“The most robust and the best way for a grower to get a return is to do it in a formalised way, with formalised testing in an auction environment,” he said.
“I honestly believe that misinforming some of the growers, the 48,000 registered growers who provide wool, they I think will be misled if they think that there is going to be this enormous gain for them of not using a broker to sell wool – I think that is a misnomer.”
WEP was never about going around brokers – AWI
AWI’s eastern hemisphere general manager and fellow WEP steering group member John Roberts said “the WEP was never about going around a broker and that’s why we had a number of brokers on the steering committee”.
“One of the major goals of the Wool Selling Systems Review that was done was to investigate whether greater efficiencies could be created in the supply chain and whether more competitive tension could be achieved.
“I think what Michael has presented to us today is an example of that kind of competitive tension.
Mr Roberts said he was not saying that the AWH initiatives were a result of AWI’s Wool Selling Systems Review.
“But it is certainly the sort of outcome that our review was hoping to see, so that is pleasing.
“From a wool grower’s perspective, who we (AWI) represent, one thing that growers really really want to see is greater cohesion of the industry and less duplication.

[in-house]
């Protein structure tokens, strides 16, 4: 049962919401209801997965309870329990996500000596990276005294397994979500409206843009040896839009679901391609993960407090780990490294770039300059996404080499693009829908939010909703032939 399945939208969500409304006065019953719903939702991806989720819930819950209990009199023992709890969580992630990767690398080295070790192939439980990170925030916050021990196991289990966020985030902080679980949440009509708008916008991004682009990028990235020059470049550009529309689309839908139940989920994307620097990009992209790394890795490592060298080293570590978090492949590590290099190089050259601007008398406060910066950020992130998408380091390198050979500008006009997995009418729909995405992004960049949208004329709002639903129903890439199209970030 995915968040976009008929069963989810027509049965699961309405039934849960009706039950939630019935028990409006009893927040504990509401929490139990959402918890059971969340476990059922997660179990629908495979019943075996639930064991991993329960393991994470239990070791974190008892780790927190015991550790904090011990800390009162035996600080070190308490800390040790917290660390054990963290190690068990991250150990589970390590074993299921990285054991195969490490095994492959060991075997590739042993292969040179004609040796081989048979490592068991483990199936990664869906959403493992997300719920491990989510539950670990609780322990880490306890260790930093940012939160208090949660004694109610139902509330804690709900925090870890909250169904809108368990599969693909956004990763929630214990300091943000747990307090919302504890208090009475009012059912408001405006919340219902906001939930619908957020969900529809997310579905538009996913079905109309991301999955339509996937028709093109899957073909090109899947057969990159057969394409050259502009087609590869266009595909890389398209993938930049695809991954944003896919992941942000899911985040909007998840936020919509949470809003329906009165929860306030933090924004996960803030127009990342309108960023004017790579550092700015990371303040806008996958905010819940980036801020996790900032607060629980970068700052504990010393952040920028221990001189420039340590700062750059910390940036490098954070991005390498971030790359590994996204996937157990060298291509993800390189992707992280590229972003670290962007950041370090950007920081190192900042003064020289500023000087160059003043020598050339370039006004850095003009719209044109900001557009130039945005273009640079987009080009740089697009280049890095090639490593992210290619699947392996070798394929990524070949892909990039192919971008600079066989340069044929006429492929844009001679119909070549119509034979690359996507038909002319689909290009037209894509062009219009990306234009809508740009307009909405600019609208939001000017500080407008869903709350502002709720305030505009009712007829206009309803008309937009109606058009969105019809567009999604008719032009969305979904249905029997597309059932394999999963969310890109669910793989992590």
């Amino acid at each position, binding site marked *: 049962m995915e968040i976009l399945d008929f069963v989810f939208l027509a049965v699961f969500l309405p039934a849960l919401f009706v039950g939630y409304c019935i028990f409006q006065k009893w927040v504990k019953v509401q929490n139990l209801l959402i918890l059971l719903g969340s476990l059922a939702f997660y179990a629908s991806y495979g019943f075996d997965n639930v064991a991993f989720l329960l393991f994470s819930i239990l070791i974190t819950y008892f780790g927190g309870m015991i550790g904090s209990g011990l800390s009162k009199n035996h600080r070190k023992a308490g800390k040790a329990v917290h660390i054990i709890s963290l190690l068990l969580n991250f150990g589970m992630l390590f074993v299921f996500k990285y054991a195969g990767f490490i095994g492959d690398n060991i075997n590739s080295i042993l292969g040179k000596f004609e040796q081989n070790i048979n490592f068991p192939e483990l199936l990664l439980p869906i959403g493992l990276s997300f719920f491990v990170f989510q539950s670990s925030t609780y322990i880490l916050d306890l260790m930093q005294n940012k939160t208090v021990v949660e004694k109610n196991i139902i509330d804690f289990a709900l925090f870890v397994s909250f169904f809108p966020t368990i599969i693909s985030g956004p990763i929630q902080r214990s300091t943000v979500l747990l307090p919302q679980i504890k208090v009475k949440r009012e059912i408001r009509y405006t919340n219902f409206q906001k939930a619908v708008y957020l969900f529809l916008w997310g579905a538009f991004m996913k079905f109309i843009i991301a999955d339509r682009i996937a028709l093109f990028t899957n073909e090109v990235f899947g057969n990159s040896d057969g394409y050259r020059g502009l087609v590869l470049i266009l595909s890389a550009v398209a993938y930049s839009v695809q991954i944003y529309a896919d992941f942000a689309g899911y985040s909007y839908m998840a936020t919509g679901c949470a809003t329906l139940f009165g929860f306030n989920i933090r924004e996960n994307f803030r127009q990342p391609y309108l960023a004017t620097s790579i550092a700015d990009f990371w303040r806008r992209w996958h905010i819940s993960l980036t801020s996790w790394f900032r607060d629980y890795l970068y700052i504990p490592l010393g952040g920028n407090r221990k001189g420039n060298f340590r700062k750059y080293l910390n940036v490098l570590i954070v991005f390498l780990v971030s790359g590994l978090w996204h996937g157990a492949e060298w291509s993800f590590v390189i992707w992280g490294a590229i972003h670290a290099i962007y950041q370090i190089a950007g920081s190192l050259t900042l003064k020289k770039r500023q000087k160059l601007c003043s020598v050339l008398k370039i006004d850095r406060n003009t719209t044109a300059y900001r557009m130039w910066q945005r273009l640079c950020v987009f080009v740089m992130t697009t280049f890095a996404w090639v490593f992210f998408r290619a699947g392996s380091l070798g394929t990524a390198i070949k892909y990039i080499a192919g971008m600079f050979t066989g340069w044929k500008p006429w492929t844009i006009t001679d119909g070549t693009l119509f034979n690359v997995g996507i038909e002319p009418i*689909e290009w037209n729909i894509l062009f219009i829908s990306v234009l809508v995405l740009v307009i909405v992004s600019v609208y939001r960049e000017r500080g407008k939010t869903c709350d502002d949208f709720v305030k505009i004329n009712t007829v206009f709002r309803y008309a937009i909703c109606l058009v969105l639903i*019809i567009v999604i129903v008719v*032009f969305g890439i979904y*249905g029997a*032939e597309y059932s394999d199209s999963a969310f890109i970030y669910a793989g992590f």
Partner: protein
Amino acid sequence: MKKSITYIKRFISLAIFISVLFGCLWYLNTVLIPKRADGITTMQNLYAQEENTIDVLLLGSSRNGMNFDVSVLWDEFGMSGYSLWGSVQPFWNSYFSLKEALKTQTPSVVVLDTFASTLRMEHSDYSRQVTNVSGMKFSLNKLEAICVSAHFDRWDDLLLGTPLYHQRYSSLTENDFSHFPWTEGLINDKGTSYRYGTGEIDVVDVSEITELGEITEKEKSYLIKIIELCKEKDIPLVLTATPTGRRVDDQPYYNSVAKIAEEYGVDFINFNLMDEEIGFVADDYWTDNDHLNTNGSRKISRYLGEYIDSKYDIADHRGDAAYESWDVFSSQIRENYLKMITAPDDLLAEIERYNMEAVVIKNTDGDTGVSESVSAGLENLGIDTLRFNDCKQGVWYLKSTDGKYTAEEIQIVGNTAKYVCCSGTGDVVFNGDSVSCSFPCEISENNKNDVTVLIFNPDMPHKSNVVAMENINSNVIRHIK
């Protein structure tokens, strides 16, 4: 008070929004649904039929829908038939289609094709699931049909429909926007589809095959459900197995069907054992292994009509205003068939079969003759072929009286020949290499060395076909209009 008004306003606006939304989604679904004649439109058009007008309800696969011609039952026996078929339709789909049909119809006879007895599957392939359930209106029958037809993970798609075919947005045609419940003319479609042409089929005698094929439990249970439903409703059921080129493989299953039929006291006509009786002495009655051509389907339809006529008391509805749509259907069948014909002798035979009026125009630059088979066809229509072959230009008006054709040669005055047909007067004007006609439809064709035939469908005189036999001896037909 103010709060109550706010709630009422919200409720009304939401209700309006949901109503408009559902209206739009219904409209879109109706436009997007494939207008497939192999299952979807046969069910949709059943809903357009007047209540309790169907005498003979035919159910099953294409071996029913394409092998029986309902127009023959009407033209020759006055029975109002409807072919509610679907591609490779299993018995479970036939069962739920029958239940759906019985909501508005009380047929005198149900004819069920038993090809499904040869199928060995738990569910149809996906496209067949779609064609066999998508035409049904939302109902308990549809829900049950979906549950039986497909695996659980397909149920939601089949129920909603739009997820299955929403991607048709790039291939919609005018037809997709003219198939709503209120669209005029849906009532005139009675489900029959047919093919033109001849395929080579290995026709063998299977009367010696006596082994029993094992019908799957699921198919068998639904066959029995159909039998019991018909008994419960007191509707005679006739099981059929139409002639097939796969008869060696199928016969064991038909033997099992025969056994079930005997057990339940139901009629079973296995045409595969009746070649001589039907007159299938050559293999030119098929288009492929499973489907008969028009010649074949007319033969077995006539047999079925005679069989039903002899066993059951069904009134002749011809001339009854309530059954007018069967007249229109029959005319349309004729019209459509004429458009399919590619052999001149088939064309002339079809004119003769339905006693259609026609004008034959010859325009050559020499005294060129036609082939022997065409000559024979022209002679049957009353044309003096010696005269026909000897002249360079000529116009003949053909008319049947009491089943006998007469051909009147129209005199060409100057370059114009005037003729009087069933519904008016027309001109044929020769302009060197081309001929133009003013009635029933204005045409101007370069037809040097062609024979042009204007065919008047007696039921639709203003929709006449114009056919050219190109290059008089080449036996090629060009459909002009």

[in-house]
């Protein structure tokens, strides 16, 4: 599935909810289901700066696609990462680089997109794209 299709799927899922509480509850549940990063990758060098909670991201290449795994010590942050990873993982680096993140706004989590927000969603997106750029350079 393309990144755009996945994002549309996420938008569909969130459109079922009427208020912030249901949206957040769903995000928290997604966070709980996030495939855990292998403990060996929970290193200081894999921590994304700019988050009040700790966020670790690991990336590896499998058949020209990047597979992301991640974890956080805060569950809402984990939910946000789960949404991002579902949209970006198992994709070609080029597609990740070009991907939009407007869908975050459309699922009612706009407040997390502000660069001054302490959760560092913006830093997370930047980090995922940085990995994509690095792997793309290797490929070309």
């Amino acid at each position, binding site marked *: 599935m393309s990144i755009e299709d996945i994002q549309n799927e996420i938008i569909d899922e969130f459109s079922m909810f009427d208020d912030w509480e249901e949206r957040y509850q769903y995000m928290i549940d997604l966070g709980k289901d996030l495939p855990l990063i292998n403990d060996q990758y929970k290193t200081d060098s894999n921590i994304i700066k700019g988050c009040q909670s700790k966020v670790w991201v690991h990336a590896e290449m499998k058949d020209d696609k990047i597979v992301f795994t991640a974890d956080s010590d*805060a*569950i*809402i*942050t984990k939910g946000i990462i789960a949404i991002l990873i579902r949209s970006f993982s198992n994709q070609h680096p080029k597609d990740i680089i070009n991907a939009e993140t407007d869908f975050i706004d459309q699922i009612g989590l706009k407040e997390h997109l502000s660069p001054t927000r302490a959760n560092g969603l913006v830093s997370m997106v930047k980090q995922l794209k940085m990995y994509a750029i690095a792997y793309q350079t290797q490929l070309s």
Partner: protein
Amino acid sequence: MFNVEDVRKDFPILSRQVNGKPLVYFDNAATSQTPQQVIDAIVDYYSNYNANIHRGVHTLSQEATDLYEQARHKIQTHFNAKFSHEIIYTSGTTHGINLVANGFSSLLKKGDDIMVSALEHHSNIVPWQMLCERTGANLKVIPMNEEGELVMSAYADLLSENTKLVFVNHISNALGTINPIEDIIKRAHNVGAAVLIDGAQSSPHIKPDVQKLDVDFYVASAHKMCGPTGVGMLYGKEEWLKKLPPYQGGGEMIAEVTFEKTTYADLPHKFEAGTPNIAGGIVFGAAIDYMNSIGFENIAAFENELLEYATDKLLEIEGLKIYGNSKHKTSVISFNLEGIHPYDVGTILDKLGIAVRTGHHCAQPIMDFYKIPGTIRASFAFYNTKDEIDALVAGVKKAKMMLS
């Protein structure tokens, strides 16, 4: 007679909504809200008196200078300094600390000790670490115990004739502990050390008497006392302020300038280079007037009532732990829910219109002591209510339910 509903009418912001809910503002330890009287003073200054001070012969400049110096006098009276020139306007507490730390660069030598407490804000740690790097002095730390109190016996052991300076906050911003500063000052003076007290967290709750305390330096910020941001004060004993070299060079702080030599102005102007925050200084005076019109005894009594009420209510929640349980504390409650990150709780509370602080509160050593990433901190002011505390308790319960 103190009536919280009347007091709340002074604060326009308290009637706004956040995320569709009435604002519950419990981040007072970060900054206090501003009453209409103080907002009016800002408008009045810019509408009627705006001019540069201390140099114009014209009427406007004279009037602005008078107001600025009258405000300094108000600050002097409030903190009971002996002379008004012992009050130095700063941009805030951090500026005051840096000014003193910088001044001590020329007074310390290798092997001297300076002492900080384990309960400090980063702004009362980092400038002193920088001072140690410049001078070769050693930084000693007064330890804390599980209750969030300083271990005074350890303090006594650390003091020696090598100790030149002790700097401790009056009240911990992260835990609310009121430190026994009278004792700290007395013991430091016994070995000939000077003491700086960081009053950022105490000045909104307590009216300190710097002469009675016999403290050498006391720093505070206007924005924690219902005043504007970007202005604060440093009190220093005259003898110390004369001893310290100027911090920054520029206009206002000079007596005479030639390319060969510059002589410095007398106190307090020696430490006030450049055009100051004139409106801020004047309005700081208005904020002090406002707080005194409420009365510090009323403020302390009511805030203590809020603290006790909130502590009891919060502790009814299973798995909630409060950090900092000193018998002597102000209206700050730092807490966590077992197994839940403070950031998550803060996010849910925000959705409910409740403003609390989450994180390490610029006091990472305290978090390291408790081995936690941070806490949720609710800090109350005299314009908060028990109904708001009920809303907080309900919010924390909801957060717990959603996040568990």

“So I think a lot of the work that has been done here today it looks fantastic, it’s creating efficiencies and the big priority I guess is to make sure it can somehow interface with the Wool Exchange Portal.”
WEP working group chairman Will Wilson said the Wool Selling System Review was all about encouraging and promoting industry innovation particularly in the digital space.
“AWH have been directly involved in the WEP project for the past 18 months and we have always been keen to share ideas and thoughts about industry development.
“I refer back to the clearly articulated vision of the WEP developed by the Working Group,” he said.
Mr Wilson said the WEP aimed to be the primary on-line entry point for wool growers to access industry information, data, selling choices and trading opportunities.